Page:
Sport mega-events and the protection of human rights
proposed amendment of the olympic charter
By Alexandre Miguel Mestre,
Lawyer, Doctor of Law, Former secretary of State for Youth and Sports, Portugal
Lecturer, Professor of Law
Trustee of Sport and Citizenship
The World Cup in Qatar, which is about to finish, is already known as the World Cup of Shame, because of the violations of human rights in Qatar.
As I stated in 2008, in the context of the Beijing Olympic Games, which were also targeted by a proposed boycott, there is at least one positive factor among the many negative factors, which is that sport mega-events focus the spotlight of public opinion on parts of the world, where human rights are still not fully protected, which can result in protests and pressure for change.
However, finger pointing, criticism, and pressure for change is, of course, not enough. The international sports organisations that select the cities and countries that host major international sports events, must go further, as they have already done, in terms of the internal governance and the consequent amendments of statutes and regulations.
A giant step was taken in 2017, with the introduction of human rights protection requirements as a factor to be considered in the evaluation of applications to host the 2024 Euro (UEFA), the 2024 Paris Olympic Games, the 2028 Los Angeles Olympic Games, and the 2026 World Cup (FIFA). It is very likely that Qatar would not be the host of the 2022 World Cup, if these requirements had applied when its application to be host country was considered.
However, more can be done by everyone. I am grateful for this opportunity to suggest my proposal to amend the Olympic Charter, along the lines already outlined in the document “IOC Strategic Framework on Human Rights” (September 2022). Recommendation 13 in that document calls for the amendment of the Olympic Charter (and the “Universal Basic Principles of Good Governance”) in order to “better articulate human rights responsibilities”.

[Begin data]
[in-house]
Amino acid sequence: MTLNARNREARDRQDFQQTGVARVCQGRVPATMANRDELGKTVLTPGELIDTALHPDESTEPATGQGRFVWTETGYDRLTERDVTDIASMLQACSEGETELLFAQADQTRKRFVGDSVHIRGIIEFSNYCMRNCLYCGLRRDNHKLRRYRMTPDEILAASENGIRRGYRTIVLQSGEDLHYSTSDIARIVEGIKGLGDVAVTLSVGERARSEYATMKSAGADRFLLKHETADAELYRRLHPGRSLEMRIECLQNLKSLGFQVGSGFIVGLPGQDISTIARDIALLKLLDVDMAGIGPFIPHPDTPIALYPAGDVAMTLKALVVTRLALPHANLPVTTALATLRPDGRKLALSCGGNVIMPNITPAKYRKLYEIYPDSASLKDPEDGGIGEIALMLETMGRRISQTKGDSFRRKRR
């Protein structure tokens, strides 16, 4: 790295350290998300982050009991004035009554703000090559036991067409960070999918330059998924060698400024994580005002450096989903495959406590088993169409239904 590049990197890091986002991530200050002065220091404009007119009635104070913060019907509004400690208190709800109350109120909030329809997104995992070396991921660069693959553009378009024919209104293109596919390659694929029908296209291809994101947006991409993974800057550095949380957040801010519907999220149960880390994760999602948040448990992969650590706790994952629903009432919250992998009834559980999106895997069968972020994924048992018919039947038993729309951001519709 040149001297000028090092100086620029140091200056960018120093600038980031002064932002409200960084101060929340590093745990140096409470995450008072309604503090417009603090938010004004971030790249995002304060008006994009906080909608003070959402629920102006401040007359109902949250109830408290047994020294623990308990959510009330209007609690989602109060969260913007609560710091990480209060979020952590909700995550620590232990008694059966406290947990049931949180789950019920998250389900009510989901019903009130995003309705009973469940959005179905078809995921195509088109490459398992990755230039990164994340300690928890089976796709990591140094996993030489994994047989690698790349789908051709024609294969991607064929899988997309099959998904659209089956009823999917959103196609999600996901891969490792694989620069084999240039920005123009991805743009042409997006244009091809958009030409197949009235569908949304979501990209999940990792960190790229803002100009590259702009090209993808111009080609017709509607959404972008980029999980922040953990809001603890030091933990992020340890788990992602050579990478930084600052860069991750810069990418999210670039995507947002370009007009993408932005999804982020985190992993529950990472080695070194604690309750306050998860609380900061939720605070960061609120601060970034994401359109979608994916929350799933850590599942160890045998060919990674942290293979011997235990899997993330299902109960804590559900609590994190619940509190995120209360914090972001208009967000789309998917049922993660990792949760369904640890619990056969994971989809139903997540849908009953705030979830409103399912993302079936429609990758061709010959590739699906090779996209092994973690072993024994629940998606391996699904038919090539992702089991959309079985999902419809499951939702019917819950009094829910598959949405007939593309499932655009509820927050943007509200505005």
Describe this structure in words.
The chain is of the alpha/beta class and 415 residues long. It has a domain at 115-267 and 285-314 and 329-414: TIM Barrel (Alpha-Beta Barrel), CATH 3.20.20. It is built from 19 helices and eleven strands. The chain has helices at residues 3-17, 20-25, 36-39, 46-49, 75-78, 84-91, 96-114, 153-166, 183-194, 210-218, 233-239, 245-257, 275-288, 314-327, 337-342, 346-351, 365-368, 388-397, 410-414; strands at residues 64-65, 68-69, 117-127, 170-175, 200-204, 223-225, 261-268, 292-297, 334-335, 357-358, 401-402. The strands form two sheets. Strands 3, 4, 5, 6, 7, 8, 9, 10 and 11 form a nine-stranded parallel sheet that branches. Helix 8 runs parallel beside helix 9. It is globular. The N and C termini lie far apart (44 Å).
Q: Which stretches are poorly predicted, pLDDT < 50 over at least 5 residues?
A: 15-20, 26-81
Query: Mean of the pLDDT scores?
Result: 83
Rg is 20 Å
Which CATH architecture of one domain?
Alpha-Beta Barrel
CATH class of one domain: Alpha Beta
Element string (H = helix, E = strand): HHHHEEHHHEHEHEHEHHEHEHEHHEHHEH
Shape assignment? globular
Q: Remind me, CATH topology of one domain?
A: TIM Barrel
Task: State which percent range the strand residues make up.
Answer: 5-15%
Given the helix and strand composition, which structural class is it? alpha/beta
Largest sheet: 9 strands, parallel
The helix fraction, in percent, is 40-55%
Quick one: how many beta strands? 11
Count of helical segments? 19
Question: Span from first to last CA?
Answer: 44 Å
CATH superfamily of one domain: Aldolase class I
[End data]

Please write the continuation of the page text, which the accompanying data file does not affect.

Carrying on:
My proposal is based on the following premises, which flow from the Olympic Charter: (i) in the pyramidal federative model, the IOC is at the top of the pyramid, and international federations (and therefore the continental confederations) must comply with the Olympic Charter; (ii) the IOC recognises one international sports federation per sport, and this recognition is withdrawn if the federation violates the Olympic Charter; (iv) membership of the Olympic movement by the international sports federations presupposes compliance with the World Antidoping Code, so that international sport events cannot be held in cities/countries that do not comply with the Antidoping Code.
I therefore propose that the Olympic Charter should be amended to include a ban on the organisation/conduct of international and continental sports events in cities/countries that manifestly violate human rights. Failure to comply with this ban would result in the withdrawal of recognition of the international federation of the sport in question, by the IOC, or, if the event is continental, the international sports federation would be required to withdraw recognition of the corresponding continental confederation, with the result, in both cases, that the offender would cease to be a member of the Olympic movement.
There is obviously no predefined legal definition of what a manifest violation is. However, if any violation of human rights sufficed to trigger a ban, there would be very few countries that would not be caught by it. The question is therefore: Who will decide that a manifest violation has been committed? This role could be performed by the IOC, or by the IOC, in conjunction with the UN. It is relevant to note that the IOC has observer status at the UN General Assembly, and that the Olympic Charter contains an implied reference to UN decisions, when it provides that the National Olympic Committees are necessarily committees of independent States recognised by the international community.
And that is my modest suggestion. However, the Qatar World Cup is fundamentally an opportunity to enjoy the magic of football.